NEW YORK/LONDON (Reuters) -BlackRock said on Friday it would buy Global Infrastructure Partners (GIP) for $12.5 billion in a major bet on alternative assets and announced a shake-up of its top management.
The deal, which includes $3 billion in cash and 12 million BlackRock shares, will put the asset management giant at the heart of investing in ports, power, and digital infrastructure projects around the globe. Once the deal closes, the firm will hold approximately $150 billion in infrastructure assets across a portfolio that ranges from the U.S. liquefied natural gas export market to wastewater services in France to airports in England and Australia.
Soaring demand for logistics and digital infrastructure, and the trillions of dollars needed for the transition away from high-carbon energy, have made the asset class increasingly popular among institutional investors.
“Infrastructure is one of the most exciting long-term investment opportunities, as a number of structural shifts re-shape the global economy,” said chief executive Larry Fink.
BlackRock, which manages $10 trillion across all markets, has been on the hunt for what it hopes will be a transformative deal as its revenues stagnated and its environmental, social, and corporate governance business came under political attacks in the United States.
“This is [Fink’s] chance to put his final fingerprint on the company” and allow it to compete with firms such as BlackStone and Apollo Global Management, said Kyle Sanders, an analyst at Edward Jones, who has a buy rating on the stock.
Founded in 2006, GIP manages more than $100 billion in assets and has a portfolio including Britain’s Gatwick airport, the Port of Melbourne and major offshore wind projects.
BlackRock also unveiled changes to its senior management structure, at a time when speculation has been growing over who will succeed Fink, who founded BlackRock in 1988.
Stephen Cohen becomes chief product officer and will lead a new global product strategy group, while Salim Ramji, global head of iShares and index investments, is leaving, according to a company memo seen by Reuters.
BlackRock is also creating a new international business structure under Rachel Lord to lead Europe, the Middle East, India, and Asia Pacific, the memo said.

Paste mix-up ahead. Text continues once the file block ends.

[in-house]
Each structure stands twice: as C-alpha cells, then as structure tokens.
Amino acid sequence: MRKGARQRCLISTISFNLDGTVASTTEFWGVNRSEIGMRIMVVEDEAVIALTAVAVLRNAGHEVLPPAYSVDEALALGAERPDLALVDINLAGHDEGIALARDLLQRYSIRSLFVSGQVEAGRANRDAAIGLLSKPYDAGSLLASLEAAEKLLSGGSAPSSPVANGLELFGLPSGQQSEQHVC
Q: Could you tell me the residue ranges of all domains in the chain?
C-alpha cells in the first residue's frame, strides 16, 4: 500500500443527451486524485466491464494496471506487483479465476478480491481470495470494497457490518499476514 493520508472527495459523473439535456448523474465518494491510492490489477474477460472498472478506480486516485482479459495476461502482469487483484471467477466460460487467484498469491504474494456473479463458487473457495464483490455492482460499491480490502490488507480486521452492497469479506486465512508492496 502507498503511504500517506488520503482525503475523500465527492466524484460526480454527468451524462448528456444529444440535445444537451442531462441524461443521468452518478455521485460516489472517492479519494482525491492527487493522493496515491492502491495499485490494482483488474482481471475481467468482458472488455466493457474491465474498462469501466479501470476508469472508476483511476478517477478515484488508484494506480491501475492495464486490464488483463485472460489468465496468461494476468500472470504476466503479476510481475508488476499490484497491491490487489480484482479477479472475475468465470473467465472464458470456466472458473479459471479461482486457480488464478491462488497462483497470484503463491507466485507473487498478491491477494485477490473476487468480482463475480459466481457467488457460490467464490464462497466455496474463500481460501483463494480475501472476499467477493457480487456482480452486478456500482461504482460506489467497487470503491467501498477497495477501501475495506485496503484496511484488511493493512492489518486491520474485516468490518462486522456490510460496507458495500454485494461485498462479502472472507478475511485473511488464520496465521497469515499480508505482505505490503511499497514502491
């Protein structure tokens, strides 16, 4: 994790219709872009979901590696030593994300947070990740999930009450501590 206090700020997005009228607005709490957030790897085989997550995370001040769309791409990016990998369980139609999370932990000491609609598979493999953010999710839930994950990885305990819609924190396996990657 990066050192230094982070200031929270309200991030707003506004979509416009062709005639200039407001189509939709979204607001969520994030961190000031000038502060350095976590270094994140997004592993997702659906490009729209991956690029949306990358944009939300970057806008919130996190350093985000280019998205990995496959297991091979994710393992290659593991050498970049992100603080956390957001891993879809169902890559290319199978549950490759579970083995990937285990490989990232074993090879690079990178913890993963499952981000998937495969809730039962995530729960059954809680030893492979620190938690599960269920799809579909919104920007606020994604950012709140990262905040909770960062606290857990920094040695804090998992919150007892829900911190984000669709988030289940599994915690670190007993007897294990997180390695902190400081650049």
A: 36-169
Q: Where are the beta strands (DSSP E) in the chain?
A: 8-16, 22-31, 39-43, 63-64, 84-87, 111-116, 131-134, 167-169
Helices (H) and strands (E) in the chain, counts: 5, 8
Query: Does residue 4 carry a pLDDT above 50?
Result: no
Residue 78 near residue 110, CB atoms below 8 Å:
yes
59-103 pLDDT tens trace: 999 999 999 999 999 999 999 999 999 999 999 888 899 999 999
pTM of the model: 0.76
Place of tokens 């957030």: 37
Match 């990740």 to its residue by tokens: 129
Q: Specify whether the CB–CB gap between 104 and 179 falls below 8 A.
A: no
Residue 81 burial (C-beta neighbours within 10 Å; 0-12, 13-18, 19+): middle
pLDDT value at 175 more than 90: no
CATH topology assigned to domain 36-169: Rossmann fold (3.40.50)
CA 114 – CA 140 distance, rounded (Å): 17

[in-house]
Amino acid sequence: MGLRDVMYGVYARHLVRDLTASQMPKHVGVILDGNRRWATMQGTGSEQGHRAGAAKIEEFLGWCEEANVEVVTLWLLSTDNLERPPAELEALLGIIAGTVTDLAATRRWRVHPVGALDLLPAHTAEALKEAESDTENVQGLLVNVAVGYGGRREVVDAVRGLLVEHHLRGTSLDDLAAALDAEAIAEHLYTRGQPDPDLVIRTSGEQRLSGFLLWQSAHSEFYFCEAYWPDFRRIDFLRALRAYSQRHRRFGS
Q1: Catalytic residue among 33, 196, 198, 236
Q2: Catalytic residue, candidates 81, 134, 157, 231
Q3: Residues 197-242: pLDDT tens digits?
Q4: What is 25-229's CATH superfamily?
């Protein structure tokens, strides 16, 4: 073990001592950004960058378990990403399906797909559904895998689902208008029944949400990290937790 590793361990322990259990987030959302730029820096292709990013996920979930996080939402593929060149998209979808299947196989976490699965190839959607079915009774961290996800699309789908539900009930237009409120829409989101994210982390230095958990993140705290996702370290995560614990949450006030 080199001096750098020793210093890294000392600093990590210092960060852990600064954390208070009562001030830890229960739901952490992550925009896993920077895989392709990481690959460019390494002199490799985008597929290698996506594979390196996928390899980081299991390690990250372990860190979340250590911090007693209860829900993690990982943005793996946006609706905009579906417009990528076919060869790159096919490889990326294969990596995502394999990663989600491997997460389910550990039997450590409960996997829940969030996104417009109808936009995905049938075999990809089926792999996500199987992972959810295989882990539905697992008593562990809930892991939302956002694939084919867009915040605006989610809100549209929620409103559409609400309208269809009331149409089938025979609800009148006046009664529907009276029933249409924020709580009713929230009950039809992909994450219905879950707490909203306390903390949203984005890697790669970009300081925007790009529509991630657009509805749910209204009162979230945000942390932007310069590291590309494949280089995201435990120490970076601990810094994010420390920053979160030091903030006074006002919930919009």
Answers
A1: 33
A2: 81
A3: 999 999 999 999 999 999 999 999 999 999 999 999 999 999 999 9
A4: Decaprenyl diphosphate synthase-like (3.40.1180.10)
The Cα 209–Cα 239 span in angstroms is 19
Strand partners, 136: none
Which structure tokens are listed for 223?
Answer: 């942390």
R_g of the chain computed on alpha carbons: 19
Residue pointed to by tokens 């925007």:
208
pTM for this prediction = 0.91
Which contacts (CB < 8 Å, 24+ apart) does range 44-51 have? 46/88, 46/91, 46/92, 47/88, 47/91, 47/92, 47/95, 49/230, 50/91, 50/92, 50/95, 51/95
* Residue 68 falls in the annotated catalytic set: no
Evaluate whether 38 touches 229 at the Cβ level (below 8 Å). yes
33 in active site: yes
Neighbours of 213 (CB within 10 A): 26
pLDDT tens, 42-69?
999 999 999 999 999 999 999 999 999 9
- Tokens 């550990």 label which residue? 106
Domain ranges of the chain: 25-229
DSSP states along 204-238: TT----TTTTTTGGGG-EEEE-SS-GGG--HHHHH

Five of GIP’s founding partners will join BlackRock, including GIP Chairman Bayo Ogunlesi, who will also join BlackRock’s board of directors following closure of the deal, it added.
Ogunlesi will step down from Goldman Sachs’ board following his move to BlackRock, Goldman CEO David Solomon said on Friday.
The deal adds “new contenders” to the list of candidates to succeed Fink, who at 71 has yet to name his eventual replacement, said Cathy Seifert, an analyst at CFRA.
“As alternative assets become an increasingly important part of BlackRock’s business mix, the next leader’s private asset skill set will become more important,” she said.
BlackRock also reported an 8% rise in quarterly profit, helped by a rebound in markets that boosted its assets under management.
Hopes of a soft landing for the U.S. economy – a scenario where inflation eases without a sharp rise in unemployment – have cheered markets in recent months.
A dovish tilt from the U.S. Federal Reserve, which has left interest rates unchanged since July, has also boosted sentiment, helping BlackRock end the fourth quarter with $10.01 trillion in assets under management (AUM), up from $8.59 trillion a year earlier.
On an adjusted basis, BlackRock earned $1.45 billion, or $9.66 per share, for the three months ended Dec. 31, compared with $1.36 billion, or $8.93 per share, a year earlier.
Analysts on average had expected a profit of $8.84 per share, according to LSEG data.
Shares of the firm fell 0.4% Friday, while the broad S&P 500 rose approximately 0.3%.
(Reporting by David Randall in New York, Tommy Reggiori Wilkes in London and Jaiveer Singh Shekhawat in Bengaluru; Editing by Krishna Chandra Eluri, Mark Potter, Emelia Sithole-Matarise and Louise Heavens)